|Born||Nelson Roosevelt Gidding
September 15, 1919
|Died||May 2, 2004
Santa Monica, California
Nelson Roosevelt Gidding (September 15, 1919 – May 1, 2004) was an American screenwriter specializing in adaptations. A longtime collaboration with director Robert Wise began with Gidding's screenplay for I Want To Live! (1958), which earned him an Oscar nomination. His long-running course on screenwriting adaptions at the University of Southern California inspired screenwriters of the present generation, including David S. Goyer.
Gidding was born in New York and attended school at Phillips Exeter Academy; as a young man he was friends with Norman Mailer. After graduating from Harvard University, he entered the Army Air Forces in World War II as the navigator on a B-26. His plane was shot down over Italy, but he survived; he spent 18 months as a POW but effected an escape. Returning from the war, in 1946 he published his only novel, End Over End, begun while captive in a German prison camp.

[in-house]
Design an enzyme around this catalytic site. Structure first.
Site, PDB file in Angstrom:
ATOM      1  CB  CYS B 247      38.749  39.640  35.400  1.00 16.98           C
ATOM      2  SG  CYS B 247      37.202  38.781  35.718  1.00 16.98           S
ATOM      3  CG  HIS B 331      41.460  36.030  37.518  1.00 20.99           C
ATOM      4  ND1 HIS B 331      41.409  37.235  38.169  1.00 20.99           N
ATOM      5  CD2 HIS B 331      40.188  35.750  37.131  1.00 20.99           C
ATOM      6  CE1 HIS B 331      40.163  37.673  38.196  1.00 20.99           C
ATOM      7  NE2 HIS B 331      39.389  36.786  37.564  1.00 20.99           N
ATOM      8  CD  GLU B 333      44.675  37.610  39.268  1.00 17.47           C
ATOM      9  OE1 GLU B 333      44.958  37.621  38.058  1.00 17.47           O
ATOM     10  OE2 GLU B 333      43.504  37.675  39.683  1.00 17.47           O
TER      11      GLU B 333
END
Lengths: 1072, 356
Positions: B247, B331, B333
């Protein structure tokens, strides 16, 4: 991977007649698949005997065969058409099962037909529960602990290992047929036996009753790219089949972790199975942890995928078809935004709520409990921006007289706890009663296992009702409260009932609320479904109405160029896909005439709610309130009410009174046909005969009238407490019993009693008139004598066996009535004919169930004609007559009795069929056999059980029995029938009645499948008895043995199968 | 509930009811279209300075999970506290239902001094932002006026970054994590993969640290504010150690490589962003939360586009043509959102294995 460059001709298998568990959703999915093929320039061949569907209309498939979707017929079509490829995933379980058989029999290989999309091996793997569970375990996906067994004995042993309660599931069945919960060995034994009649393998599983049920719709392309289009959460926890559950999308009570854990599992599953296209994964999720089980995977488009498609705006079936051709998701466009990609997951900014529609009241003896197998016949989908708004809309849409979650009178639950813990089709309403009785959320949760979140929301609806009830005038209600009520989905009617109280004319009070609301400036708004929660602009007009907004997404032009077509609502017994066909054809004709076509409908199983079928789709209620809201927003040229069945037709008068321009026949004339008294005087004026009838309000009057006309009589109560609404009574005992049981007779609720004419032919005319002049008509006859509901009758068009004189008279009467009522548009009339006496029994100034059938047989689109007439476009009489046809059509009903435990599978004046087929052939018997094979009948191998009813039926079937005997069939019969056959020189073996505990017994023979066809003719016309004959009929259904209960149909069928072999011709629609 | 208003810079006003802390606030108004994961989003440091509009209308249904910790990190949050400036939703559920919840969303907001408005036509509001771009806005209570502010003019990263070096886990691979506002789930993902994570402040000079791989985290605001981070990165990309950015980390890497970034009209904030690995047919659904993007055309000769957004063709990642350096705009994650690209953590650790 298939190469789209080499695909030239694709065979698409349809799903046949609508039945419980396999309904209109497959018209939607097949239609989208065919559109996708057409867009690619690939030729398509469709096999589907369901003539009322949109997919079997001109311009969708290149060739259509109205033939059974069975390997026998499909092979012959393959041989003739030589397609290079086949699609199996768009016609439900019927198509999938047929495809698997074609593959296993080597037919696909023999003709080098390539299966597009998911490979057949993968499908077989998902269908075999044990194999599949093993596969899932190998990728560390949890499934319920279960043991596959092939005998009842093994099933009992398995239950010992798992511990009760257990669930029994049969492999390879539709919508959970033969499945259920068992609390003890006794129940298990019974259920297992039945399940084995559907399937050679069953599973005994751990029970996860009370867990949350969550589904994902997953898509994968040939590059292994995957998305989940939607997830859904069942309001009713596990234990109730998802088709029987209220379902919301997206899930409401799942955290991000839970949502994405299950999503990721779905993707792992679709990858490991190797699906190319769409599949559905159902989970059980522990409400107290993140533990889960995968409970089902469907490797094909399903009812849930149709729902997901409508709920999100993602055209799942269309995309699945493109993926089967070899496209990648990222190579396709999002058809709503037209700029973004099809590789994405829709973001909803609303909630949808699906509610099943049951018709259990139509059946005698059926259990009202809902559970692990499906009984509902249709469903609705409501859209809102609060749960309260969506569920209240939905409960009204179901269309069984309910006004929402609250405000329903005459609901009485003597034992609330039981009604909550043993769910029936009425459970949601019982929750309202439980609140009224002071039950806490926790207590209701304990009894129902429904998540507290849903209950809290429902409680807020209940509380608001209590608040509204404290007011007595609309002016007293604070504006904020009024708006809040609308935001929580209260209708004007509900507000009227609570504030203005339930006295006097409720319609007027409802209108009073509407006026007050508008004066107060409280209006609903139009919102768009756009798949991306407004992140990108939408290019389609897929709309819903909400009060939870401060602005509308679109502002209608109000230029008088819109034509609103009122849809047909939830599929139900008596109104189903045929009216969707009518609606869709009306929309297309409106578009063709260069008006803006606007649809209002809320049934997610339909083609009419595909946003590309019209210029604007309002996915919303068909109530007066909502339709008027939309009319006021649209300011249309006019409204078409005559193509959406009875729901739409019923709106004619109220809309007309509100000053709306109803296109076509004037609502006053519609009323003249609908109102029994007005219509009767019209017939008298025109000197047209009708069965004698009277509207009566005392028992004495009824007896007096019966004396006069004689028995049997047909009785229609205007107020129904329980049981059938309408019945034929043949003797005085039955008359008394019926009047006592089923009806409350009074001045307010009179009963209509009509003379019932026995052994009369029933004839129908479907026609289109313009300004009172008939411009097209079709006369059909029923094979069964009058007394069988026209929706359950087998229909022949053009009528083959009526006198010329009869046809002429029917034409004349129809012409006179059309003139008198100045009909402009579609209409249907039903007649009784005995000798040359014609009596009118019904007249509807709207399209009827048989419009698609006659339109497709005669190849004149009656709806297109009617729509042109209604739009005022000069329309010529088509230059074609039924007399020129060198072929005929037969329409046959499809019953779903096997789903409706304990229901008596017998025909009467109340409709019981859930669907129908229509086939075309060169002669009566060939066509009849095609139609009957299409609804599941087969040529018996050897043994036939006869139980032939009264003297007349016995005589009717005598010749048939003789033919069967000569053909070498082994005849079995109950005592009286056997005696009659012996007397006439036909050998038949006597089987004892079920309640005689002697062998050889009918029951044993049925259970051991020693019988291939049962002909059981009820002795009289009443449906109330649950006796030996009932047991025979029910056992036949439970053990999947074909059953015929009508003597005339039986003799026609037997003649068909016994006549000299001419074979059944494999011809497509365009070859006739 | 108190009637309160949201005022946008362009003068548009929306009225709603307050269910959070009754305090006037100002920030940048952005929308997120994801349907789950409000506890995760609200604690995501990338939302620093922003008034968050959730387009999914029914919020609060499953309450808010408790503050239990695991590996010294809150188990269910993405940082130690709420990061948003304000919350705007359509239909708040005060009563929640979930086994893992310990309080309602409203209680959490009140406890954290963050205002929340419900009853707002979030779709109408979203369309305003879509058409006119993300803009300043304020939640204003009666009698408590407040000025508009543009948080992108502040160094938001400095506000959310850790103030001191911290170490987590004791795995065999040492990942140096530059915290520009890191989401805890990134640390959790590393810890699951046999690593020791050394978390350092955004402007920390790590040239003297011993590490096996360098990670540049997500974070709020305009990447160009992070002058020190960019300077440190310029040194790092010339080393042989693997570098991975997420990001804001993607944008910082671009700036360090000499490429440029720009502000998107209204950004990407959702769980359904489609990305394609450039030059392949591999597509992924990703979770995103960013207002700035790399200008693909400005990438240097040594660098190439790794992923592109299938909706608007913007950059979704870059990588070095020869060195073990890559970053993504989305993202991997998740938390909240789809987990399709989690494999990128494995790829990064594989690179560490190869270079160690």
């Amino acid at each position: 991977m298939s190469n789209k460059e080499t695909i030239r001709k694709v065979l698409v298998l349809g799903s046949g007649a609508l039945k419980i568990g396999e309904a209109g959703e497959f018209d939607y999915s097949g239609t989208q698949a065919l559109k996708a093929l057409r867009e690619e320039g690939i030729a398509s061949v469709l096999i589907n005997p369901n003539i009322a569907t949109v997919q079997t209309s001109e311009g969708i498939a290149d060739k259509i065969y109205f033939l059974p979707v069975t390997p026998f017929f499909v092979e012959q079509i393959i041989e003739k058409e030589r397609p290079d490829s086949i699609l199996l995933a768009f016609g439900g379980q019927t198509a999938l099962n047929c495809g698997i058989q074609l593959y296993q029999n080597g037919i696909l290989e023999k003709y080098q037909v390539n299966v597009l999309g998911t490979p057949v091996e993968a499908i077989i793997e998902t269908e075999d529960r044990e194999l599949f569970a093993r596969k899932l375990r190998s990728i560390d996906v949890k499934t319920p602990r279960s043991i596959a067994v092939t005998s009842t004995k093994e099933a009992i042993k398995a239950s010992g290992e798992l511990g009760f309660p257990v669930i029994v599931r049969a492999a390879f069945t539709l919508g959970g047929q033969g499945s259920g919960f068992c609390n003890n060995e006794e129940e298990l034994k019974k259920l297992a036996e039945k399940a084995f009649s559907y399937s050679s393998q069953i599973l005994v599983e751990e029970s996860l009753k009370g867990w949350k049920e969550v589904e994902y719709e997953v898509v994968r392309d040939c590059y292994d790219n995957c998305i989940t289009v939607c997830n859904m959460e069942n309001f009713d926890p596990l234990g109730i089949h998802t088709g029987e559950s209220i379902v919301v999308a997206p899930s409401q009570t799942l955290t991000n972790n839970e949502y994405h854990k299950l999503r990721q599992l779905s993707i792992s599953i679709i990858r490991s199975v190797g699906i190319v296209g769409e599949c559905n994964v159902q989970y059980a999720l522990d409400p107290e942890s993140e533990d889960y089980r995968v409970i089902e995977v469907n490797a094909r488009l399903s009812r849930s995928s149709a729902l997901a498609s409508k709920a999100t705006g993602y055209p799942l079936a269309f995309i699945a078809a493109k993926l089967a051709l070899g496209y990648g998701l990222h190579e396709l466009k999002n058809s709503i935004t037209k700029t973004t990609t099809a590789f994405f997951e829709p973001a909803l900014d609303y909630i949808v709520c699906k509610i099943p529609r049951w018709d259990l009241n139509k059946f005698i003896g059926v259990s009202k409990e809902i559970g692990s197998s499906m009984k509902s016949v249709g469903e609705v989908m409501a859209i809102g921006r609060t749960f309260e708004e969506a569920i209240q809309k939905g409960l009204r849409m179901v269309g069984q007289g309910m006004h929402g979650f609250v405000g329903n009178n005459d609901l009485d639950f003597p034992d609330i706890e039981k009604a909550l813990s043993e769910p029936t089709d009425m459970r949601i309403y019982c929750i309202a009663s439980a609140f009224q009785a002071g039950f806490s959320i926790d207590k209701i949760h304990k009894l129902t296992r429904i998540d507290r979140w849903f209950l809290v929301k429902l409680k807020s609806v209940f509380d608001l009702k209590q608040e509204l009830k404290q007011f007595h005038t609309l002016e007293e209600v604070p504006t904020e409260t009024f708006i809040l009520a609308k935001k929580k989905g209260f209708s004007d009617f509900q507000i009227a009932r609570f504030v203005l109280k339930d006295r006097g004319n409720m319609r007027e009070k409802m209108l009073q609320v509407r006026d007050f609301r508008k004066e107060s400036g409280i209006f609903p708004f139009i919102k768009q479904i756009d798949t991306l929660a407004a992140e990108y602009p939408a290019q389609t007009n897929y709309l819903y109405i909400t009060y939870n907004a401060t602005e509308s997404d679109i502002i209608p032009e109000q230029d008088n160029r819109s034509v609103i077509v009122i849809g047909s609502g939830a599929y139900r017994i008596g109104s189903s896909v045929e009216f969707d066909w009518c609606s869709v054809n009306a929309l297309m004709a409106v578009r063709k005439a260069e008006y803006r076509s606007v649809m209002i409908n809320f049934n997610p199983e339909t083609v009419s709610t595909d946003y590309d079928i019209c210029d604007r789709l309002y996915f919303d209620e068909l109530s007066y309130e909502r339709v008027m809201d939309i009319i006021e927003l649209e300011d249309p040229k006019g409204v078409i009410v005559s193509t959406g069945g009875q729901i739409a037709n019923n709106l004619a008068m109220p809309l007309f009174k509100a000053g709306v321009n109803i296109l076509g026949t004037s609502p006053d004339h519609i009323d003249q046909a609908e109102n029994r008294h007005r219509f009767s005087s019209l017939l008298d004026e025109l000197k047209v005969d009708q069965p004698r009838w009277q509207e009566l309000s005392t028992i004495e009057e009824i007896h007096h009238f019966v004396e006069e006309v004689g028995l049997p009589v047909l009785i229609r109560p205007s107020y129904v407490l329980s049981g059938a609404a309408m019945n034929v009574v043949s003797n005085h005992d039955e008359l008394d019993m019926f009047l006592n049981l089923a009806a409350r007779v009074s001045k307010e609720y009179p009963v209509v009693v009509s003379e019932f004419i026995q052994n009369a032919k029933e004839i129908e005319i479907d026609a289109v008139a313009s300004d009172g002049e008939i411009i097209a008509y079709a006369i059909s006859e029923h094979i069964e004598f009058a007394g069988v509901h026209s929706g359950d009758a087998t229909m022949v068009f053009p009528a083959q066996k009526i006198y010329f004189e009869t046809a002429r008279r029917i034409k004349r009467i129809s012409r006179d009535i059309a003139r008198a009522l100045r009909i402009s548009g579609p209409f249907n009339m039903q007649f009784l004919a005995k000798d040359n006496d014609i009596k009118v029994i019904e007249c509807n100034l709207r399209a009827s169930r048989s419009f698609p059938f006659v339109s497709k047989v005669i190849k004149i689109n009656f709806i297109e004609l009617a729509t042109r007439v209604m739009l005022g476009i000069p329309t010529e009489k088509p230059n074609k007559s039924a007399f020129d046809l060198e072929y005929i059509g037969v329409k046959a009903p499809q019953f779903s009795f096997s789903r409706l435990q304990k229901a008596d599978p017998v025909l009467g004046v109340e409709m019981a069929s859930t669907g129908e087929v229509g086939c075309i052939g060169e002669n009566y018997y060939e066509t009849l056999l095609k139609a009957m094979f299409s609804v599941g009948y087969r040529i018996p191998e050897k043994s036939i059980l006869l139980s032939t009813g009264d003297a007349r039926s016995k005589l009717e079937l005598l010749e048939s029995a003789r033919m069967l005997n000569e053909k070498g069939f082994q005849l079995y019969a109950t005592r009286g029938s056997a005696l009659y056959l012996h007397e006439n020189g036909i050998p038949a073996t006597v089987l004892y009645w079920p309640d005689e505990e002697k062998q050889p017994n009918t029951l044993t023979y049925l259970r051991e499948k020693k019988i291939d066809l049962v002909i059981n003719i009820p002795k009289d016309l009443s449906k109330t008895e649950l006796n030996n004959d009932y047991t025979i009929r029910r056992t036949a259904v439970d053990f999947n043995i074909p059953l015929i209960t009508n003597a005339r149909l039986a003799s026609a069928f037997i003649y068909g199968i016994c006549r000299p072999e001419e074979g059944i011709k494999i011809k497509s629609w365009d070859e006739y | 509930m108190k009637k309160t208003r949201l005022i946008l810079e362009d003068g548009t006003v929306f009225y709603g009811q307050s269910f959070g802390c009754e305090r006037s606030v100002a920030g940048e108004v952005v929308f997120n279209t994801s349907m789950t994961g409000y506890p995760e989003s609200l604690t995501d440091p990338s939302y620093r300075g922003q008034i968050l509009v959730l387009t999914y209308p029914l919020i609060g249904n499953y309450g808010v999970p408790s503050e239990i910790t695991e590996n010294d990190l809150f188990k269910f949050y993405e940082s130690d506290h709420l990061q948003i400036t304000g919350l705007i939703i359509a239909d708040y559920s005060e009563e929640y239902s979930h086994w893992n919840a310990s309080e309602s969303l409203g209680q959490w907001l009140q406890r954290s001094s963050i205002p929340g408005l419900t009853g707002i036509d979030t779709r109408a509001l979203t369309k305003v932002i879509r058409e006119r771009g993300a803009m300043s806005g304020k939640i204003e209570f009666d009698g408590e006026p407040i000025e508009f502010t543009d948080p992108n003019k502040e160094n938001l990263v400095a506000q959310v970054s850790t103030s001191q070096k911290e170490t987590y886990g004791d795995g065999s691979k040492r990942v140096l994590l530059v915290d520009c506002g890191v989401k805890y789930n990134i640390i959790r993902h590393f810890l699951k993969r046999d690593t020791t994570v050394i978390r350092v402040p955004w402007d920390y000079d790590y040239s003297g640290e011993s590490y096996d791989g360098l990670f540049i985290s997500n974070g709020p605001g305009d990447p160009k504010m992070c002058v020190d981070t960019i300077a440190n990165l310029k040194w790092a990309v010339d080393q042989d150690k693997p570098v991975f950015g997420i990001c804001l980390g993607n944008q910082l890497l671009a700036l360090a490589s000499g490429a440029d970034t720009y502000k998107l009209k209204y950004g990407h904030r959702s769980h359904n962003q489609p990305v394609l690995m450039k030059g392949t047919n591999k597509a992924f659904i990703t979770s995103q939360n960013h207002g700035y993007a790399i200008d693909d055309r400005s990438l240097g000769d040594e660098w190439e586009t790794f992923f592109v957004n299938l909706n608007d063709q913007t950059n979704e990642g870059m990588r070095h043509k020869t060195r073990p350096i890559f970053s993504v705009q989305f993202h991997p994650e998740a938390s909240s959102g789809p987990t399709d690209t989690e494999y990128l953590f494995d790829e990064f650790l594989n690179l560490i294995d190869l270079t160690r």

In Hollywood, Gidding entered work in television, writing for such series as Suspense and Sergeant Preston of the Yukon, and eventually moved into feature films like The Helen Morgan Story (1957), Odds Against Tomorrow (1959), The Haunting (1963), Lost Command (1966), The Andromeda Strain (1971), and The Hindenburg (1975).
After the death of his first wife on June 13, 1995, in 1998 Gidding married Chun-Ling Wang, a Chinese immigrant.
- McLellan, Dennis (May 7, 2004). "Nelson Gidding, 84; Oscar Nominee Wrote for Radio, TV, Movies". The Los Angeles Times.
- Saxon, Wolfgang (May 14, 2004). "Nelson Gidding, 84, Screenwriter of Hollywood Classics, Dies". The New York Times.